Shubigi Rao’s “These Petrified Paths”

Katherine C. M. Adams

January 18, 2024
Rockbund Art Museum, Shanghai
November 8, 2023–February 25, 2024

In Shubigi Rao’s new film These Petrified Paths (2023), censorship is always tied to the threat of repressive territorialization. Early on, we are introduced to a “former professor of Russian literature, now beekeeper on the side of the road to Daliyan” in Turkey, who embodies a theme of the exhibition at large: how a struggle over literature and written culture has led to a fight over ecology, terrain, and the right to live freely on one’s Indigenous land. In the film, this process is inflected by the historical function of Armenian literature as a tool of nation-building, forging claims to place for a people often on the verge of statelessness. As one featured subject remarks of the region’s history, the Armenian genocide is also “cultural genocide.”

These Petrified Paths details (among other threads) the lengths to which Armenian intellectuals have gone to preserve their heritage: one participant describes how an elder member of the community buried his books in the ground, with the intent that they be dug up only upon the retreat of repressive state forces. Toward the end of the film, an interlocutor alludes pessimistically to the contemporary Armenian government’s attempts to “sell off” part of the country for further protection. These efforts, she concludes, have ultimately only increased external intervention. Looming over the film’s past and present personae is a hostile sort of “cultivation”: both authoritarian diktats decreeing the illegitimacy of local knowledge (cultivation as epistemic violence) and a more literal possible annexation, engineered by external powers.

The exhibition carefully shelters Rao’s film. There is a hushed tenor to its third-floor screening gallery: sacral, slightly dimmed lighting makes the room feel more meditative than a simple black box might; photographs by the public are institutionally barred. A mounted band of oil-like material lines the perimeter of the gallery. The protectiveness the presentation evinces towards this work and Rao’s Armenian discussants initially appears dissonant with the rest of the project. One floor above, the cautious shielding of These Petrified Paths unravels in the presence of a large pylon sculpture modeling a transmission tower for electricity, Of that colossal wreck (2023), which occupies most of the museum’s three-story atrium. One installation on this next level, Linear AyB (2023), shows short segments of footage similar to These Petrified Paths, besieged by digital alterations that flatten scenes into abstract patterns of color.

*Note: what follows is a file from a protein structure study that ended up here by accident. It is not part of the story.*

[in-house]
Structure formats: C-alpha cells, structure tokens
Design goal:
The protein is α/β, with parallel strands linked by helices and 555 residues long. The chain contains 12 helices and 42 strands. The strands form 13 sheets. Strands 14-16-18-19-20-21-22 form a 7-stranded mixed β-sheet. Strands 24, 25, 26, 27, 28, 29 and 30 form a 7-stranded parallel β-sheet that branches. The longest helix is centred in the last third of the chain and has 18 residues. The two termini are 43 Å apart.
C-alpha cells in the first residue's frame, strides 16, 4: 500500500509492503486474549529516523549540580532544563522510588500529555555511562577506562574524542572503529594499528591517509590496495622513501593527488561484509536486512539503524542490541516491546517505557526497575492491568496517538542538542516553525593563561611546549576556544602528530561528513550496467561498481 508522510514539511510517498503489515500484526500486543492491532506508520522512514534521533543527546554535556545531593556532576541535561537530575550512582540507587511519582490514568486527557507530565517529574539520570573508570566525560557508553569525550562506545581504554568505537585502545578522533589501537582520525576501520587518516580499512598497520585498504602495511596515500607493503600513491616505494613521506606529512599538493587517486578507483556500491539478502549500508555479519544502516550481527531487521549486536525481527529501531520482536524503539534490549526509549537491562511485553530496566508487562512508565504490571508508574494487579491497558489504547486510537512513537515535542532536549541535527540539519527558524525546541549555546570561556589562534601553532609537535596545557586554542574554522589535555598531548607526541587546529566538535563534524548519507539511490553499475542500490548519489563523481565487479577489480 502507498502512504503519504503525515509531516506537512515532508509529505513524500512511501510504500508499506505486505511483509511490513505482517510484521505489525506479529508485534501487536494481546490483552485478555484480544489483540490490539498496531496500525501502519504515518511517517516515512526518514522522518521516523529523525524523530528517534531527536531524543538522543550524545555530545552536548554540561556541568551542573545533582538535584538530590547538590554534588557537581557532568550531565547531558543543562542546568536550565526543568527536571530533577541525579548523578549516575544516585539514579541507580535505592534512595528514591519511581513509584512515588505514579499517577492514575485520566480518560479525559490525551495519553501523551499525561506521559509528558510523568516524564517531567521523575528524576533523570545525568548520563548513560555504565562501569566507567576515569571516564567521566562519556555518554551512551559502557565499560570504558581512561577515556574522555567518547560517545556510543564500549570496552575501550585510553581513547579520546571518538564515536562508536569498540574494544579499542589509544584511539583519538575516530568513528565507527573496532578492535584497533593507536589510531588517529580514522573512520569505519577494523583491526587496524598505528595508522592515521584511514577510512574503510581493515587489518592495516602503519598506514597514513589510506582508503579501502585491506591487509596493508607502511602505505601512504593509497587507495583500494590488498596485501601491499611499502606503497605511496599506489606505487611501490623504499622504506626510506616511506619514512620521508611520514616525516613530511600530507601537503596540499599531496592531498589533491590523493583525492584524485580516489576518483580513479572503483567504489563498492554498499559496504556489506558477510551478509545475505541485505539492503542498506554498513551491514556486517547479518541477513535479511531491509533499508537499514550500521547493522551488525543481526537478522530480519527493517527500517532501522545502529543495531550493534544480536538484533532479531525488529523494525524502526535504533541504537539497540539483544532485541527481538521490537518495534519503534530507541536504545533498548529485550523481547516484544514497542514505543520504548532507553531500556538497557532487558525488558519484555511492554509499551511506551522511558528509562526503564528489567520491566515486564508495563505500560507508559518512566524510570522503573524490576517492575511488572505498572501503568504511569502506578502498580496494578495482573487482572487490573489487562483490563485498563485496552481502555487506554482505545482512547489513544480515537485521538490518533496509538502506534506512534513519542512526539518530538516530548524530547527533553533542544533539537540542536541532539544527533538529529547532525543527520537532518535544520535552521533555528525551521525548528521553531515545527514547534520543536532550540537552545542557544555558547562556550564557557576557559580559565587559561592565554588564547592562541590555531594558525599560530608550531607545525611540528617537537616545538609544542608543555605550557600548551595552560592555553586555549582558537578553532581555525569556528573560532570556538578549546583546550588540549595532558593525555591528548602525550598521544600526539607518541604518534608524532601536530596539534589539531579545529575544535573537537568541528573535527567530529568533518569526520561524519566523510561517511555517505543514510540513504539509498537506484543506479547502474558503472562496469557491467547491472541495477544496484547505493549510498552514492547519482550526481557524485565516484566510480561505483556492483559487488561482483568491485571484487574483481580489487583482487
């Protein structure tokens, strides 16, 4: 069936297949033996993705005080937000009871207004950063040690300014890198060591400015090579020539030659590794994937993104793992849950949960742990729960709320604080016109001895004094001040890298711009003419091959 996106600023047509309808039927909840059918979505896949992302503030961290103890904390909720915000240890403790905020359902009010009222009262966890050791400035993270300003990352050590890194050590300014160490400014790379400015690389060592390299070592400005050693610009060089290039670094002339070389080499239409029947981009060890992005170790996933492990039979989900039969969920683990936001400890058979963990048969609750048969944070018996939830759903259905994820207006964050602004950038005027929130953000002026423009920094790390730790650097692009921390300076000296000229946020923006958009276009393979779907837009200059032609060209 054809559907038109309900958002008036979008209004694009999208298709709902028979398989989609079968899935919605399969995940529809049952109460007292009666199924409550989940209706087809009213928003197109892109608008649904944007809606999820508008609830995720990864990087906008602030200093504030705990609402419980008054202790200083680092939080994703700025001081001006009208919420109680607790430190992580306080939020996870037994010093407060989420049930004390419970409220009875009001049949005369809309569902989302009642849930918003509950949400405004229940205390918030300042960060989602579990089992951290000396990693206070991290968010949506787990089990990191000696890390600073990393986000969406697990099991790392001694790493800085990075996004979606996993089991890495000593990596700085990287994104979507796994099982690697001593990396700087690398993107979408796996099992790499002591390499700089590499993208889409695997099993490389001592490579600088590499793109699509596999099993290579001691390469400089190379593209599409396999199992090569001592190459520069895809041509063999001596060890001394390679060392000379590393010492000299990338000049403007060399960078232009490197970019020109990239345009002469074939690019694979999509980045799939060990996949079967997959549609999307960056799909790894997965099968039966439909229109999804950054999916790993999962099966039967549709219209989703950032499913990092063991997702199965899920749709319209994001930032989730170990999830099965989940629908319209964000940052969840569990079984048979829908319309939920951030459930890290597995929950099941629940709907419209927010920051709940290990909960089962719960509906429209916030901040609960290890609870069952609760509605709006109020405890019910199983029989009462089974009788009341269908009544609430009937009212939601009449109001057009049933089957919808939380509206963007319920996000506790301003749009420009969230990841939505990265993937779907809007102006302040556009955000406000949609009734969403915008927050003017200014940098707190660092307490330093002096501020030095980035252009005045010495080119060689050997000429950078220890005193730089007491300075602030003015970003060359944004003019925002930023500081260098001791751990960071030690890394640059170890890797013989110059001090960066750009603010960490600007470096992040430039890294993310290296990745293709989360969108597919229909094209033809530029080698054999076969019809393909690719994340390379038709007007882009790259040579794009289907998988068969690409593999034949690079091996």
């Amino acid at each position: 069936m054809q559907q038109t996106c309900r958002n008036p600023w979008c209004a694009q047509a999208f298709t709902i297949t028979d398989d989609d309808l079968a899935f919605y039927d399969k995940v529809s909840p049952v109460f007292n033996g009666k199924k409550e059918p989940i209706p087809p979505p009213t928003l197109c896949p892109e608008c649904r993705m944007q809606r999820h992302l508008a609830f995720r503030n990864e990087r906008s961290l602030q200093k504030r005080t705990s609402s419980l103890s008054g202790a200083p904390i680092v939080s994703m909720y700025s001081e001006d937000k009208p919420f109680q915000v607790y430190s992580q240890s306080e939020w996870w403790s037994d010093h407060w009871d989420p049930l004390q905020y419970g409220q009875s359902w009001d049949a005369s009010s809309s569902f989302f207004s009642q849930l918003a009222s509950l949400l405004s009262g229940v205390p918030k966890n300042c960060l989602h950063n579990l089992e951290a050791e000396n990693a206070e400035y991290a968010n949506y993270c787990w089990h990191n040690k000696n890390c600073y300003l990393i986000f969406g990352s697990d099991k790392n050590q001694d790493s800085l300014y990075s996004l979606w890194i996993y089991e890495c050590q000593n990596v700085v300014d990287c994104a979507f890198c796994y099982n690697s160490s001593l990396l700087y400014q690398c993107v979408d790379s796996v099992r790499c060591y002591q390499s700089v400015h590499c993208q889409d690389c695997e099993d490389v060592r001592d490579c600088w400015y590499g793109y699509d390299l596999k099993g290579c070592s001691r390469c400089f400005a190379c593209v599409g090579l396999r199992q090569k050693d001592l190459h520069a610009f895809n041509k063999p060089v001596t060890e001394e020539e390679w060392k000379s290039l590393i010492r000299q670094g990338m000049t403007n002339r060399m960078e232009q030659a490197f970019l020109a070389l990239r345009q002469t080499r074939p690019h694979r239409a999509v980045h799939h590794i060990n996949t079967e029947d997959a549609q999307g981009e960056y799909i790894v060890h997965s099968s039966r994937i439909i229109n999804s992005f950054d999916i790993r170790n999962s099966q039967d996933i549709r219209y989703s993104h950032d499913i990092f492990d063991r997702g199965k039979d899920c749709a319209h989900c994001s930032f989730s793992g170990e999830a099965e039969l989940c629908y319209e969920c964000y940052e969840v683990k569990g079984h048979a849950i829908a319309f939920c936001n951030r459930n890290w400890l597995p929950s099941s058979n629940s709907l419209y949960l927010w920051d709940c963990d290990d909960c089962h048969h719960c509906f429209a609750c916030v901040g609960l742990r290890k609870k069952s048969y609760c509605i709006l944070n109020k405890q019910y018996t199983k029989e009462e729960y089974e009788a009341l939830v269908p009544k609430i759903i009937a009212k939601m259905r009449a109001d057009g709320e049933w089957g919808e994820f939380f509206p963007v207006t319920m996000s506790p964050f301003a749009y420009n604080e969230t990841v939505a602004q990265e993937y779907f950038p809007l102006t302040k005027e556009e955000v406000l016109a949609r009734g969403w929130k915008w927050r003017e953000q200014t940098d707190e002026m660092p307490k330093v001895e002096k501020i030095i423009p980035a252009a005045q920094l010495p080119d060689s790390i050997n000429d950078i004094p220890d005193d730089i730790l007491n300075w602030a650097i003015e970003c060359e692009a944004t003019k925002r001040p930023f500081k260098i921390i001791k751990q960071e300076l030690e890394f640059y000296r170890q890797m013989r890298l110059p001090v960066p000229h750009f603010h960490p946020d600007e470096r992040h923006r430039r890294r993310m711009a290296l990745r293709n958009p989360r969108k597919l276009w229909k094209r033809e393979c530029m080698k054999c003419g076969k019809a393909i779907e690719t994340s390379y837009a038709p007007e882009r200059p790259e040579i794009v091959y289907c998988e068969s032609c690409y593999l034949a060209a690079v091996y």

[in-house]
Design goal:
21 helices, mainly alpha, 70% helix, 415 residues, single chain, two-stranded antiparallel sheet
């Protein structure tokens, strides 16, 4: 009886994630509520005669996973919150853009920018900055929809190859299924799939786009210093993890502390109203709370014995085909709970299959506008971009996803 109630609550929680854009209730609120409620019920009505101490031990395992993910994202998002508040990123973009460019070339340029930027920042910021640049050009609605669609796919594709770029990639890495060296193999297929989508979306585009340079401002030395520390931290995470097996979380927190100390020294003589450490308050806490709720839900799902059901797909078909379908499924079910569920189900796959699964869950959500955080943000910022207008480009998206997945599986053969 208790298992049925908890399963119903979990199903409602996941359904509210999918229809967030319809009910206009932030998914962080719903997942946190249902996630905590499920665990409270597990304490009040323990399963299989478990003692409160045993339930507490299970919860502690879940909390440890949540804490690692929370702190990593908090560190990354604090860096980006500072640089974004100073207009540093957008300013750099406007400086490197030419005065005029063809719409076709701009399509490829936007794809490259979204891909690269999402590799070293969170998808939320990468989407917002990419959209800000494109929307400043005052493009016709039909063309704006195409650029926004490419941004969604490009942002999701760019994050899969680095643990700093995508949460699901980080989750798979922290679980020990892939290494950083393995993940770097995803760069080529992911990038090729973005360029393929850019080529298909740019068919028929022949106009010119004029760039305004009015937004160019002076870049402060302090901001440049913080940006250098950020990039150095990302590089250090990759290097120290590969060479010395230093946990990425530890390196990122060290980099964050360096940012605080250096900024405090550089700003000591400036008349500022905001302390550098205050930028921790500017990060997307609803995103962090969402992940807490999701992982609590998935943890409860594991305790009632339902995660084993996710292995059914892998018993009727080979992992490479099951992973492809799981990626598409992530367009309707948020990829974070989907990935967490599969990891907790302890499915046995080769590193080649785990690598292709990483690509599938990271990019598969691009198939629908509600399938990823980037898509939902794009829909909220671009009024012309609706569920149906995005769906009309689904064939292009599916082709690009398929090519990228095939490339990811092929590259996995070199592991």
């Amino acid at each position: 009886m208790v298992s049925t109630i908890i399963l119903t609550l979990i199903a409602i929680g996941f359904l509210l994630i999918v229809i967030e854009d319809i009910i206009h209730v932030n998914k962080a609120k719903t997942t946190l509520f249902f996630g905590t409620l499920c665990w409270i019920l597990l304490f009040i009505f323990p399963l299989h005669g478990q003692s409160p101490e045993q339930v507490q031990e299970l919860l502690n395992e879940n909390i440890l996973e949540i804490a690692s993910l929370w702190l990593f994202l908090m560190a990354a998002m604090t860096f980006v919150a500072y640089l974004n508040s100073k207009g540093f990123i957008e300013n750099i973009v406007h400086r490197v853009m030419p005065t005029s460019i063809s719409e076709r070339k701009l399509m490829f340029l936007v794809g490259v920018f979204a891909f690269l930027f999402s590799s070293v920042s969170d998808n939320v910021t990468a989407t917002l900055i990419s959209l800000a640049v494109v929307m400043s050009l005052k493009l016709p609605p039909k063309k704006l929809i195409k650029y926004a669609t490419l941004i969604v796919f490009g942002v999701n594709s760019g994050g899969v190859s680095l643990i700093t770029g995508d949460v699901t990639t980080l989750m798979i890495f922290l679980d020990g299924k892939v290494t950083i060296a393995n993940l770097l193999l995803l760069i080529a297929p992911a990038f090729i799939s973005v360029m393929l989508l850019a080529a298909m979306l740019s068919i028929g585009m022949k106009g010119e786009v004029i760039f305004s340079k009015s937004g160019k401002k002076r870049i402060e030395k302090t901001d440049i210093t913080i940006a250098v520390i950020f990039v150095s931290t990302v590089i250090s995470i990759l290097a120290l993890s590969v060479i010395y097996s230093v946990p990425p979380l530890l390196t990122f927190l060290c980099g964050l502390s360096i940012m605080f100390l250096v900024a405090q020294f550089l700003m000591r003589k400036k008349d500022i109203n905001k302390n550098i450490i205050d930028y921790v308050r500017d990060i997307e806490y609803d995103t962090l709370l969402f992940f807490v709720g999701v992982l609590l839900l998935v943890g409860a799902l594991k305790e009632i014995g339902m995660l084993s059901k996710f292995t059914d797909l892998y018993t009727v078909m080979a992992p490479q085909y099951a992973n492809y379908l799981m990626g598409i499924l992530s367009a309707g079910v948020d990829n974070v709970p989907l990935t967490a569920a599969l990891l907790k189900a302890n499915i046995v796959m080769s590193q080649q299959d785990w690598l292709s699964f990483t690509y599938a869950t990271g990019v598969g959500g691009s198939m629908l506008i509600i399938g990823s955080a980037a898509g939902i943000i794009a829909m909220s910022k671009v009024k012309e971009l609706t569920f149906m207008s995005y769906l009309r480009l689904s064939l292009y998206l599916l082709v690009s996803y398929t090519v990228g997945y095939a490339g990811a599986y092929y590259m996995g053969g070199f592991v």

The film on show in the screening gallery, and that space’s curatorial allusions to “subterranean tunneling,” appears in the above floors as so much vegetable or mineral matter that will be mined, fracked, and dispersed by power. In Linear AyB, a literal depiction of electric power—here, a distortion of film footage that mimes a process of transmission or data storage—appears to sift through scenes featuring books or maps. Periodically, the color in the footage drips down vertically until the film, and the pages on screen, look as if they’ve been put through a shredder. The images appear both rinsed and sliced in pieces. They’ve become cinematic pulp.